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Hoffmann, R. A wiki for the life sciences where authorship matters. Nature Genetics (2008)

Assessment of the risk of solar ultraviolet radiation to amphibians. I. Dose-dependent induction of hindlimb malformations in the northern leopard frog (Rana pipiens).

A number of environmental stressors have been hypothesized as responsible for recent increases in limb malformations in several species of North American amphibians. The purpose of this study was to generate dose-response data suitable for assessing the potential role of solar ultraviolet (UV) radiation in causing limb malformations in a species in which this phenomenon seemingly is particularly prevalent, the northern leopard frog (Rana pipiens). Frogs were exposed from early embryonic stages through complete metamorphosis to varying natural sunlight regimes, including unaltered (100%) sunlight, sunlight subjected to neutral density filtration to achieve relative intensities of 85%, 75%, 65%, 50%, and 25% of unaltered sunlight, and sunlight filtered with glass or acrylamide to attenuate, respectively, the UVB (290-320 nm) and UVB plus UVA (290-380 nm) portions of the spectrum. The experiments were conducted in a controlled setting, with continual monitoring of UVB, UVA, and visible light to support a robust exposure assessment. Full sunlight caused approximately 50% mortality of the frogs during early larval development; no significant treatment-related mortality occurred under any of the other exposure regimes, including 100% sunlight with glass or acrylamide filtration. There was a dose-dependent (p < 0.0001) induction of hindlimb malformations in the frogs, with the percentage of affected animals ranging from about 97% under unaltered sunlight to 0% in the 25% neutral density treatment. Malformations were comprised mostly of missing or truncated digits, and generally were bilateral as well as symmetrical. Filtration of sunlight with either glass or acrylamide both significantly reduced the incidence of malformed limbs. The estimated sunlight dose resulting in a 50% limb malformation rate (ED50) was 63.5%. The limb ED50 values based on measured sunlight intensities corresponded to average daily doses of 4.5 and 100 Wh x m(-2) for UVB and UVA, respectively. Exposure to sunlight also resulted in increased eye malformations in R. pipiens, however, the dose-response relationship for this endpoint was not monotonic. The results of this study, in conjunction with measured or predicted exposure data from natural settings, provide a basis for quantitative prediction of the risk of solar UV radiation to amphibians.[1]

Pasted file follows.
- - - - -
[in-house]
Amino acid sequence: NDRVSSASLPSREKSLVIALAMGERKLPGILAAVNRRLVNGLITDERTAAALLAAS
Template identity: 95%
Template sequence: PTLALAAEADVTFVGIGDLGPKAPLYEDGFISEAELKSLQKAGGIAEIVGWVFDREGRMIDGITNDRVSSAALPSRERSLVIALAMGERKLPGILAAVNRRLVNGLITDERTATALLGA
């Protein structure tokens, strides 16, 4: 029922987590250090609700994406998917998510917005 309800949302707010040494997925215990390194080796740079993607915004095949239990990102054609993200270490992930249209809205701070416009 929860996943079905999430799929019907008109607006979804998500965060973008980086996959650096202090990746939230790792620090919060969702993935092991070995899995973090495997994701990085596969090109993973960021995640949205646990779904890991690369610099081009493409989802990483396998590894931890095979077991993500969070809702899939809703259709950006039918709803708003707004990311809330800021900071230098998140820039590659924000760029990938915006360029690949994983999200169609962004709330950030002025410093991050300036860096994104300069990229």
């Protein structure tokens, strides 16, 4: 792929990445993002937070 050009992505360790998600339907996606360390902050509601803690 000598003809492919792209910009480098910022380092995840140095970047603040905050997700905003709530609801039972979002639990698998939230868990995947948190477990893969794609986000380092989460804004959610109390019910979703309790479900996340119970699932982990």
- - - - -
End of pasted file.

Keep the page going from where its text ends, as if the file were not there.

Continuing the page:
1. Assessment of the risk of solar ultraviolet radiation to amphibians. I. Dose-dependent induction of hindlimb malformations in the northern leopard frog (Rana pipiens). Ankley, G.T., Diamond, S.A., Tietge, J.E., Holcombe, G.W., Jensen, K.M., Defoe, D.L., Peterson, R. Environ. Sci. Technol. (2002) [Pubmed]
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